|Title||Unveiling the millimeter emission in Radio Quiet AGN thanks to X-rays|
|Author||Dr pierre-olivier petrucci|
|Description||This proposal aims at catching, for the first time, fast (hour time scale) variability in two RQ AGN simultaneously in X-ray and millimeter wavelength. A NOEMA proposal has been submitted at the last AO (10 Sept. 2020) and we ask in this proposal for 50 ks per object of (strictly simultaneous) XMM time. Hour time-scale variability corresponds to 10-100 gravitational radii light travel time around a supermassive black hole of 10^7 Msun. A correlated variability observed between both wavelengths would be a direct proof that the mm emission in RQ AGN is produced very close to the black hole, in a region consistent with the so-called X-ray hot corona.|
|Publication||No observations found associated with the current proposal|
|Instrument||EMOS1, EMOS2, EPN, OM, RGS1, RGS2|
|Mission Description||The European Space Agency's (ESA) X-ray Multi-Mirror Mission (XMM-Newton) was launched by an Ariane 504 on December 10th 1999. XMM-Newton is ESA's second cornerstone of the Horizon 2000 Science Programme. It carries 3 high throughput X-ray telescopes with an unprecedented effective area, and an optical monitor, the first flown on a X-ray observatory. The large collecting area and ability to make long uninterrupted exposures provide highly sensitive observations.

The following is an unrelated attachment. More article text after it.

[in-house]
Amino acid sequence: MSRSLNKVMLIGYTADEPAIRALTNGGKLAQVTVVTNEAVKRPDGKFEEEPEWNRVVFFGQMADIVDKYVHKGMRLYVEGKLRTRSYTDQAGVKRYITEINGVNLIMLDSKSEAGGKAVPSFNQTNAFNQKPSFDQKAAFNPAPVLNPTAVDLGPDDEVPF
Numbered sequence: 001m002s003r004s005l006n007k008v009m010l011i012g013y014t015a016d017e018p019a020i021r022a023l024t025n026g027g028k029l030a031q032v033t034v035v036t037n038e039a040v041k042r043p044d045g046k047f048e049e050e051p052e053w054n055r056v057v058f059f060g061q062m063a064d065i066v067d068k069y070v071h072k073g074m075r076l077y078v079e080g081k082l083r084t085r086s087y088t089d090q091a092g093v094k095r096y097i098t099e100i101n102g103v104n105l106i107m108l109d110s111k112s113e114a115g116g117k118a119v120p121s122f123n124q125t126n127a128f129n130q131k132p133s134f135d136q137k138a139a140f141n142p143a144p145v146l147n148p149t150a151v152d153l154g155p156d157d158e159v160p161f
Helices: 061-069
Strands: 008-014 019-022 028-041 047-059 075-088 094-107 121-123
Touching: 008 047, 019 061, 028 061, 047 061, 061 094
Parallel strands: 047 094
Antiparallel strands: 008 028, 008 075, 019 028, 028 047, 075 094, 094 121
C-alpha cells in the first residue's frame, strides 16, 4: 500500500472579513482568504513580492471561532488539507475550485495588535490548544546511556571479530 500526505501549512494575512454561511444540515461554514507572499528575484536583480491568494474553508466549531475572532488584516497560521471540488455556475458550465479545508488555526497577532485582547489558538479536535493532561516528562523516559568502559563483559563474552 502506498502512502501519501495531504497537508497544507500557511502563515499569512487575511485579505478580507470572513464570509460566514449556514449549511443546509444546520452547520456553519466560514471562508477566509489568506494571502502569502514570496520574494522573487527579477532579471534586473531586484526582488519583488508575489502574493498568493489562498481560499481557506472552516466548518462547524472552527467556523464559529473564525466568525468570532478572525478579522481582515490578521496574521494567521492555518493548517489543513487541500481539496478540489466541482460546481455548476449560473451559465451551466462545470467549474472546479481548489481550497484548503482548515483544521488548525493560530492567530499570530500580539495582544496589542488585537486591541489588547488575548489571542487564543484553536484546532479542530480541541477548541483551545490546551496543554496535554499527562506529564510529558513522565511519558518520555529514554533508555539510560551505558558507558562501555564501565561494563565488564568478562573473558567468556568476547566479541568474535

Since Earth's atmosphere blocks out all X-rays, only a telescope in space can detect and study celestial X-ray sources. The XMM-Newton mission is helping scientists to solve a number of cosmic mysteries, ranging from the enigmatic black holes to the origins of the Universe itself. Observing time on XMM-Newton is being made available to the scientific community, applying for observational periods on a competitive basis.
|Publisher And Registrant||European Space Agency|
|Credit Guidelines||European Space Agency, 2022-08-06T00:00:00Z, 088055, 19.16_20210326_1200. https://doi.org/10.5270/esa-[xxxxxxx]|